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2013 Annual Survey of Violations of Trade Union Rights - Kazakhstan

Publisher International Trade Union Confederation
Publication Date 6 June 2013
Cite as International Trade Union Confederation, 2013 Annual Survey of Violations of Trade Union Rights - Kazakhstan, 6 June 2013, available at: [accessed 28 May 2023]
DisclaimerThis is not a UNHCR publication. UNHCR is not responsible for, nor does it necessarily endorse, its content. Any views expressed are solely those of the author or publisher and do not necessarily reflect those of UNHCR, the United Nations or its Member States.

Interference by employers: In January 2013, the Trade Union of Mining & Metallurgy Workers of Republic of Kazakhstan (TUMMWRK) reported that Kazakhmys, a copper mining company in Kazakhstan, is forcing TUMMWRK members to quit their union and to join the company-controlled one.

The company has also forbidden the sending of union dues directly from workers' salaries to TUMMWRK's account, completely paralysing the Kazakhmys branch of the union.

Lack of due process rights: On December 6 2012, Asel Nurghazieva was detained in the western city of Aqtau when she filed lawsuits on behalf of the citizens claiming police abuse during last year's unrest in the western town of Zhanaozen.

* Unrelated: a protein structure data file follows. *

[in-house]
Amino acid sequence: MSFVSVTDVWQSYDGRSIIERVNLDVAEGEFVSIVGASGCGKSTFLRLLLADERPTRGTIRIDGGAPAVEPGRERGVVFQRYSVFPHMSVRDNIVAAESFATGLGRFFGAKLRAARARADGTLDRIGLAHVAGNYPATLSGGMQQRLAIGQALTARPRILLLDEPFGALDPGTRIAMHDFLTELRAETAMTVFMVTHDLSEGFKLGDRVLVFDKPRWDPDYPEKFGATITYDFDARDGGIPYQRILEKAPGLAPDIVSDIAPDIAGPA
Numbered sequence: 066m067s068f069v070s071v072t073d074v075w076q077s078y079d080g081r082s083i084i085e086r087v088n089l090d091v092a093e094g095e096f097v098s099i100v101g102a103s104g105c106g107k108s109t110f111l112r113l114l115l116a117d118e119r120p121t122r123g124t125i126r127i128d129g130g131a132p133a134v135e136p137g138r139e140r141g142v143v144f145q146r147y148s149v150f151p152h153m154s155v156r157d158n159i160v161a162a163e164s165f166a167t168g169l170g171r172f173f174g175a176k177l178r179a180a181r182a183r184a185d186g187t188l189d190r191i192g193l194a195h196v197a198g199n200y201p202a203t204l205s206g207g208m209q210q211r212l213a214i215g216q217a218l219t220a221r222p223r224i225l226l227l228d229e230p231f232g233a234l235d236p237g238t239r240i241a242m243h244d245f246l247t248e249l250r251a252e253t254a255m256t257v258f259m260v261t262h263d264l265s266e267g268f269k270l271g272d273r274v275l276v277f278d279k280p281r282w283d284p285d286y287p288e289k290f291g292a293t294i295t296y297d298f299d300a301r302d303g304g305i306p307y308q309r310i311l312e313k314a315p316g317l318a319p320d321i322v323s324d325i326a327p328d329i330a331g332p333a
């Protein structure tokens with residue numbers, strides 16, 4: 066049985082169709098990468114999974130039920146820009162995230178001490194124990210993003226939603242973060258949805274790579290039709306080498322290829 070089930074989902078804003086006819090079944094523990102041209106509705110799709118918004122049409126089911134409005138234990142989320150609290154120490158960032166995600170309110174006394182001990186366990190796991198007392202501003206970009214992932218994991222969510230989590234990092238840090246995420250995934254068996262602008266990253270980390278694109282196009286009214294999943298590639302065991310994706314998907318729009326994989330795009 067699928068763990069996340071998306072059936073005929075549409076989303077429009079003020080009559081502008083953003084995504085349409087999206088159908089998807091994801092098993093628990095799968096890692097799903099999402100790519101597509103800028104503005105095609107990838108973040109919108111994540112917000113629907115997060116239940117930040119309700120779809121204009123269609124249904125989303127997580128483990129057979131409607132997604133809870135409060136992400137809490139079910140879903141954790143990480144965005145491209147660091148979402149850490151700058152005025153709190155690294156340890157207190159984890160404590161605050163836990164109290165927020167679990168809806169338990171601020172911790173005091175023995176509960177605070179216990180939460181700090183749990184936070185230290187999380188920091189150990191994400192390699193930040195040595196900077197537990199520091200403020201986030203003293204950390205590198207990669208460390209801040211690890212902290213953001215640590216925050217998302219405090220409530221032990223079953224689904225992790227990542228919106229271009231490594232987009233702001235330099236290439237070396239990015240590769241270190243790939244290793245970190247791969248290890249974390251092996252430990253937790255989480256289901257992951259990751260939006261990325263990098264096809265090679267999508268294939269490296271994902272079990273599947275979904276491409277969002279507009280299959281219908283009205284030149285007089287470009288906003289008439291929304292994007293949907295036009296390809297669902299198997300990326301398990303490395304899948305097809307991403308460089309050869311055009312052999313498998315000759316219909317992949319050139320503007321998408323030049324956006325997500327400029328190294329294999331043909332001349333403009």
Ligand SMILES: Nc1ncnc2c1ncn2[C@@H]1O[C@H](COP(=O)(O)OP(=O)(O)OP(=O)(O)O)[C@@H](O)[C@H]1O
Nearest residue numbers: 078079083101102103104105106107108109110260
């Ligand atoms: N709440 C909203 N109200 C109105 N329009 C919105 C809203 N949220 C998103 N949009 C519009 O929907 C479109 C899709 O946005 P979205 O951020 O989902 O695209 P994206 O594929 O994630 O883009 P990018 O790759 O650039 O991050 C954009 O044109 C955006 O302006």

Denial of fundamental civil rights: Ever since the killings in Zhanaozen in December 2011 where the police shot 12 workers, public authorities have targeted leading oil workers and opposition activists who supported the strikers. 13 people who had assumed active roles in the strike, including the most outspoken oil workers received prison sentences from 3 to 7 years in June 2012. During the trial both the defendants and witnesses testified to being tortured.

Introduction of restrictive legislation: In March 2013, the government announced that a new labour law will be introduced in 2013. The draft reveals that the law will restrict the right to freedom of association and collective bargaining. According to the bill, unions can only negotiate on behalf of their members if they have affiliated organisations in more than half of the country's 14 regions as well as in the capital Astana and financial centre Almaty. This would be difficult for unions in the oil and mining industries, which are concentrated in the west and north-central parts of the country, respectively.

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